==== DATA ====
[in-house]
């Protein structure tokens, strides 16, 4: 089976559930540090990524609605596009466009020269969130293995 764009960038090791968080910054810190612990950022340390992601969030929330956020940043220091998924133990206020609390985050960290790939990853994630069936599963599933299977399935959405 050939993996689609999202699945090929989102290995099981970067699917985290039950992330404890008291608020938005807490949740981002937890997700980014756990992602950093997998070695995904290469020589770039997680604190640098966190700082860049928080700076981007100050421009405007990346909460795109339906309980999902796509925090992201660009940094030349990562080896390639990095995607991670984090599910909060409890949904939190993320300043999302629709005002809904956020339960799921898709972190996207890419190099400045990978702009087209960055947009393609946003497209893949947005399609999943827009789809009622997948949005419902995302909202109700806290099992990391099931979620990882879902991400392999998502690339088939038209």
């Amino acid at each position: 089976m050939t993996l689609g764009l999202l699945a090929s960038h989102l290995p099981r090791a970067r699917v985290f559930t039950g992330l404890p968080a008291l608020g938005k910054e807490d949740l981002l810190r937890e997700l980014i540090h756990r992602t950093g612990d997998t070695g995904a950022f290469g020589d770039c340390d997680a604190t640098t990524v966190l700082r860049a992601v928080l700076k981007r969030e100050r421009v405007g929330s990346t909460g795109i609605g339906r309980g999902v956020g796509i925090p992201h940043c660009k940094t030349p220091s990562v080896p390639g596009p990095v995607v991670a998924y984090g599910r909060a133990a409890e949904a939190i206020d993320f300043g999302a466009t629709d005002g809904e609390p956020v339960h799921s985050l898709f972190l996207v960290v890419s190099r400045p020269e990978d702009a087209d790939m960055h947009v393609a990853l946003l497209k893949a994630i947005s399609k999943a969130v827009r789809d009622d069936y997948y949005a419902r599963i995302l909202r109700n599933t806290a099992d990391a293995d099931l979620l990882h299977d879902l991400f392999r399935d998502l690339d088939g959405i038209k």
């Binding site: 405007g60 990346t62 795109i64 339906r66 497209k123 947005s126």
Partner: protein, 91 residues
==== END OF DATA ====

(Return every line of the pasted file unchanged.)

[in-house]
């Protein structure tokens, strides 16, 4: 089976559930540090990524609605596009466009020269969130293995 764009960038090791968080910054810190612990950022340390992601969030929330956020940043220091998924133990206020609390985050960290790939990853994630069936599963599933299977399935959405 050939993996689609999202699945090929989102290995099981970067699917985290039950992330404890008291608020938005807490949740981002937890997700980014756990992602950093997998070695995904290469020589770039997680604190640098966190700082860049928080700076981007100050421009405007990346909460795109339906309980999902796509925090992201660009940094030349990562080896390639990095995607991670984090599910909060409890949904939190993320300043999302629709005002809904956020339960799921898709972190996207890419190099400045990978702009087209960055947009393609946003497209893949947005399609999943827009789809009622997948949005419902995302909202109700806290099992990391099931979620990882879902991400392999998502690339088939038209």
């Amino acid at each position: 089976m050939t993996l689609g764009l999202l699945a090929s960038h989102l290995p099981r090791a970067r699917v985290f559930t039950g992330l404890p968080a008291l608020g938005k910054e807490d949740l981002l810190r937890e997700l980014i540090h756990r992602t950093g612990d997998t070695g995904a950022f290469g020589d770039c340390d997680a604190t640098t990524v966190l700082r860049a992601v928080l700076k981007r969030e100050r421009v405007g929330s990346t909460g795109i609605g339906r309980g999902v956020g796509i925090p992201h940043c660009k940094t030349p220091s990562v080896p390639g596009p990095v995607v991670a998924y984090g599910r909060a133990a409890e949904a939190i206020d993320f300043g999302a466009t629709d005002g809904e609390p956020v339960h799921s985050l898709f972190l996207v960290v890419s190099r400045p020269e990978d702009a087209d790939m960055h947009v393609a990853l946003l497209k893949a994630i947005s399609k999943a969130v827009r789809d009622d069936y997948y949005a419902r599963i995302l909202r109700n599933t806290a099992d990391a293995d099931l979620l990882h299977d879902l991400f392999r399935d998502l690339d088939g959405i038209k």
């Binding site: 405007g60 990346t62 795109i64 339906r66 497209k123 947005s126």
Partner: protein, 91 residues